My heart has been with the people of Brussels this week after the tragic act of terrorism that occurred there on Tuesday. That beautiful small city of 177,000 will always be special to me because it was the place that introduced me to Europe. I first travelled there in 1987 to visit my friend and colleague Diane from TIME who had moved there to work.
I especially think of that first trip this time of year because I spent Easter that year in Brussels. And the memories I have of it are wonderful. Some of the best French food I’ve ever eaten was in Brussels; the chocolate was tastier than any other; the famous ‘gaufres’ or waffles were warm,crisp and yummy and the ‘pommes frites,’served in a paper cone topped with a dollop of mayonnaise still makes my mouth water. Beyond the food, the city itself was bright, delightful, charming, rich in history and architecture and very manageable for a first time visitor to Europe.
I keep journals whenever I travel and thought I’d share with you the page I wrote about that Easter in Brussels. Hope you enjoy it.
“Easter. What a way to spend the holiday–sightseeing in Brussels. First we’re off to the Grand Place to see the Sunday morning bird fair. Little birds of all sorts in cages being sold to the people right there in the square. Some of the birds were beautiful canaries of beautiful peach and white, or yellow and red.
When it began to rain, we took cover in a nearby cafe where we had Belgian waffles covered with strawberries. They were like the kind that I remembered eating at the World’s Fair in New York in 1964.
Afterwards, we strolled back to the Grand Place and I rubbed the leg of the statue of Everard t Serclaes, a local hero. Everyone rubs the statue for good luck so his leg and arm are well polished and shiny.
We then went to see the antique fair at the Grand Sablon. By the time we arrived, about noon, the dealers were starting to fold away their tents. We walked through but most of the things were too expensive for me to buy.
We left the market and went inside a church there in the Grand Sablon the Eglise Notre-Dame du Grand Sablon. This ‘chapel’ was built by the archers who practiced in this area when it was a sandy marsh. The stained glass was so beautiful and rich in color. The ceilings were vaulted and so high. Buried in the church is the Taxis family–the family who founded the first private postal system and about whom Diane had read in the Thomas Pynchon book, “The Crying Lot of 49.”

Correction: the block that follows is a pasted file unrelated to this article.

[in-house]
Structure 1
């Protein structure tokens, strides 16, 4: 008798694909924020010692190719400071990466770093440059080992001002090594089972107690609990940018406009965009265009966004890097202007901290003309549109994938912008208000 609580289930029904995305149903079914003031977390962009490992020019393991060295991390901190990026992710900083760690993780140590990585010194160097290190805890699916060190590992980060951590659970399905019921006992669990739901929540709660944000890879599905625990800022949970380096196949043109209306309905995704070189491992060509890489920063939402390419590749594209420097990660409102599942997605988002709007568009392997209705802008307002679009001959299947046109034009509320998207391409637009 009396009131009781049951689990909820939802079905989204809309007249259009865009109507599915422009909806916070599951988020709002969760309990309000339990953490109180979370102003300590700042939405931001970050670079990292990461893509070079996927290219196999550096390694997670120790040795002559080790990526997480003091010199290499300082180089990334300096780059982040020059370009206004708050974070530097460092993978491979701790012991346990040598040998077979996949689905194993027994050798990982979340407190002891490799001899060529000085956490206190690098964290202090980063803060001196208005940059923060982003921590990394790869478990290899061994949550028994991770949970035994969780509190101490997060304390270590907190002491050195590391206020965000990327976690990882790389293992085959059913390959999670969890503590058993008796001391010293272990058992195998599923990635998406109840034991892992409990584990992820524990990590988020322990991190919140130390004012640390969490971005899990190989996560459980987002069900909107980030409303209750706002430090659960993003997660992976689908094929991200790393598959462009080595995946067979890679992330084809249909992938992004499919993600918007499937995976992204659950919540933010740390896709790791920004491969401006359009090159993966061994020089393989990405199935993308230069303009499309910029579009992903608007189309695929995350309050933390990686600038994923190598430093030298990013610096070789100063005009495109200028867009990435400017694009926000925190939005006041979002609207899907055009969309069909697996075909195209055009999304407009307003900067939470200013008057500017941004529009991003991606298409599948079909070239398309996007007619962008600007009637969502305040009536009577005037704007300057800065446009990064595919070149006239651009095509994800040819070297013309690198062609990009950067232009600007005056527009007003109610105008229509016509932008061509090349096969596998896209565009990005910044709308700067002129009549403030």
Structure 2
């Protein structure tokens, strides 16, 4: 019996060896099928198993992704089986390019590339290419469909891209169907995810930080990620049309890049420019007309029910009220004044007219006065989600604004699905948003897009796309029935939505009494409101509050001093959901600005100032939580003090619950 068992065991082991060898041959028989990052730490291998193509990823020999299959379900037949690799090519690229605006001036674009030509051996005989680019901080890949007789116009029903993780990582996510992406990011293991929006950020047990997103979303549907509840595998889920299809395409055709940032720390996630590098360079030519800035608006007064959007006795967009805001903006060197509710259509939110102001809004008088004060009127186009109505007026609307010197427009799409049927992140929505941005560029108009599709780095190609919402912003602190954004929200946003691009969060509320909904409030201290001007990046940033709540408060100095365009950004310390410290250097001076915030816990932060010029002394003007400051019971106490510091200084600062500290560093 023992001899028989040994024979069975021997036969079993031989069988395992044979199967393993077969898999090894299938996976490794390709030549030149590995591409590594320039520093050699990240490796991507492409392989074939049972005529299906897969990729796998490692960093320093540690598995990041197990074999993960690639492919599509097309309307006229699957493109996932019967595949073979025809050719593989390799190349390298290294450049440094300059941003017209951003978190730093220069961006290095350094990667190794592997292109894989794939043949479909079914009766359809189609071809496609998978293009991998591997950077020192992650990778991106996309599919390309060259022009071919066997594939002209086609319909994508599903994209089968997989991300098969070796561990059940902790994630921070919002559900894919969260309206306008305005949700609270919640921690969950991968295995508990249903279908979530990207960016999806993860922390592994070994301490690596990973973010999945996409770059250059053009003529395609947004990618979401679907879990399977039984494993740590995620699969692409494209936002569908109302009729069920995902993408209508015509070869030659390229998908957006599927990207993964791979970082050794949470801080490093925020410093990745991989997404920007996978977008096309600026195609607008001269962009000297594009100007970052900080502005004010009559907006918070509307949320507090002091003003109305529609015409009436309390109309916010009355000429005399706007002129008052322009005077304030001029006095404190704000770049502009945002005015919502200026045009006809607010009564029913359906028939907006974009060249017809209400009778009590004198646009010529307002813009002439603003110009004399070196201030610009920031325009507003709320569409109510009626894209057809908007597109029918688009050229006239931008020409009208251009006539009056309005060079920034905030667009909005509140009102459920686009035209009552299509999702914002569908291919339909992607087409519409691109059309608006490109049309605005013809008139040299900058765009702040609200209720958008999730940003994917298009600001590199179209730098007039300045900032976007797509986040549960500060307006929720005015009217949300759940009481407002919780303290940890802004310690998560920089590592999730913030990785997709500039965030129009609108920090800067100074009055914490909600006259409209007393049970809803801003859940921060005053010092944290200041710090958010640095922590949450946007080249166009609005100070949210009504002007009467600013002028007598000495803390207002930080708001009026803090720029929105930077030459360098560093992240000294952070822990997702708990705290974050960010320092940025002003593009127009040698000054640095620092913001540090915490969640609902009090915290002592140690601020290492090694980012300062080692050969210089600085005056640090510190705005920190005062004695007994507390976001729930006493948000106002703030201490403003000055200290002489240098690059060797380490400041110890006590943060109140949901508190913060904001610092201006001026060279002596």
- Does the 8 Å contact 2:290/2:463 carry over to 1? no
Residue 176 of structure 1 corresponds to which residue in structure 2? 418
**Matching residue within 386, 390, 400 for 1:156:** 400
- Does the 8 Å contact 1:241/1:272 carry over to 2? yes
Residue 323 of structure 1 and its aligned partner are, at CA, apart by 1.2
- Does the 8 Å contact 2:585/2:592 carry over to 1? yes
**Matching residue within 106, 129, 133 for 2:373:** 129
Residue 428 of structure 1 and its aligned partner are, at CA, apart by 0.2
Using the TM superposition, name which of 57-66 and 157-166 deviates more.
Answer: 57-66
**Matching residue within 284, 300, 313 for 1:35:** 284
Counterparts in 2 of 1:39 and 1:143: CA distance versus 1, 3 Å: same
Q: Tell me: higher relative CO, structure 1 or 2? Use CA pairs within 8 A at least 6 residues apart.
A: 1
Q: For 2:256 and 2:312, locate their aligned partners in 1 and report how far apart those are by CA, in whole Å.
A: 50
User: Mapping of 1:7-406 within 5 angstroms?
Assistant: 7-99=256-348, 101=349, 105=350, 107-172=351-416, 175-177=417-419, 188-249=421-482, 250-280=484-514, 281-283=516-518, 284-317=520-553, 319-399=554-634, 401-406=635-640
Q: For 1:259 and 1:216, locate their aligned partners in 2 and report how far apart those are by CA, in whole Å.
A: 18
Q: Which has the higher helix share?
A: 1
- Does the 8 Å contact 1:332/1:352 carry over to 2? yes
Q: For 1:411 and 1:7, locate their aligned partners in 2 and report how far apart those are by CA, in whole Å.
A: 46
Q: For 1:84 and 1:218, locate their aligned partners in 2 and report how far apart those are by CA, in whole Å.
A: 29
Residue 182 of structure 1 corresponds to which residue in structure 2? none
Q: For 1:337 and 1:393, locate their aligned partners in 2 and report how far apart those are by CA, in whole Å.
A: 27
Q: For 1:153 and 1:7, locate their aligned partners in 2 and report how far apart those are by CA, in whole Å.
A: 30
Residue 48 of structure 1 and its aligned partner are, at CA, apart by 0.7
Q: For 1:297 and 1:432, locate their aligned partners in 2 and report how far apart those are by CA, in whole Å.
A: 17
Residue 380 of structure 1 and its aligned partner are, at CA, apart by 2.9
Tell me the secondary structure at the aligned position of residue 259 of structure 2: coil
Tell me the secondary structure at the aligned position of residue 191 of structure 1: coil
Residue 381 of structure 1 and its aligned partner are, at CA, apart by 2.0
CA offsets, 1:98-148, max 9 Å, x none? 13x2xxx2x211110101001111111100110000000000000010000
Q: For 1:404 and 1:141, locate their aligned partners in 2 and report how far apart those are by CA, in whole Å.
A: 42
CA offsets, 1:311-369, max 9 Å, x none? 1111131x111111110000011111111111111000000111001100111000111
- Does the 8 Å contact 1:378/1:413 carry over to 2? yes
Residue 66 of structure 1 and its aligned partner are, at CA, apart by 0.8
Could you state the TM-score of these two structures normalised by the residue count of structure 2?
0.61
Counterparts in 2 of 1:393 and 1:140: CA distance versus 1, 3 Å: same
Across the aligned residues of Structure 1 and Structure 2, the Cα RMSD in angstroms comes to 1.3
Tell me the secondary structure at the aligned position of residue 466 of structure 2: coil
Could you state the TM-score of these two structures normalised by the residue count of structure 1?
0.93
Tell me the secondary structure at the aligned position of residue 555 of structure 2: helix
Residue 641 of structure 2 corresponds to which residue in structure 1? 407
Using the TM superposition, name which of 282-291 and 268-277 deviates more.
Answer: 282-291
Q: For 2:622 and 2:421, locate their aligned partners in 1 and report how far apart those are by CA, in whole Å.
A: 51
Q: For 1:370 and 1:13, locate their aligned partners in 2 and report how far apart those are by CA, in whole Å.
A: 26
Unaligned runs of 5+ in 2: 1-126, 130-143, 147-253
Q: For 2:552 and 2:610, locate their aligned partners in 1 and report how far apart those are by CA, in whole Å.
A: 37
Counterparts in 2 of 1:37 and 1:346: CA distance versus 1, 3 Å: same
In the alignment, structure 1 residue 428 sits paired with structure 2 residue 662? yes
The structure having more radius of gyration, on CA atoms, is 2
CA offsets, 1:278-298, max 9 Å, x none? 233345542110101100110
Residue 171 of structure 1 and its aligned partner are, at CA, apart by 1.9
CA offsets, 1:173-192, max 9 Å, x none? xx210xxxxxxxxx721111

From the church, we crossed the street and walked through the Petite Sablon, a small but pretty park surround by a fence with statuary of the different Guilds placed all along the top. The tulips were just beginning to bloom here.
We walked up the steps and down the street from the Petite Sablon to the Palais de Justice–the favorite Belgian building of Freud and Hitler. There’s a good view of Brussels from the Palais de Justice. You can even see the Atomium that lies just outside the city. On the way, I spotted a family out for Easter. The two girls were carrying two large chocolate Easter eggs. Bigger eggs than I’ve ever seen so I took a picture of them.
Before heading back to the apartment, we stopped at a cafe on Avenue Louise and had a cafe and chocolate chaud. The restaurants always give you a little piece of chocolate with every cup of caffe or tea and it’s usually very good. They also put on the saucer two little cubes of ‘sucre.’
We rode the tram back to Diane’s. I went in and took a nap. It had been a wonderful Easter.”
Maybe my European Easter memoir will bring a memories of your own to mind and that one day, you have the chance, as I did, to visit this beautiful Belgian city. If you do, take a moment to remember those who innocently died in the attacks last week.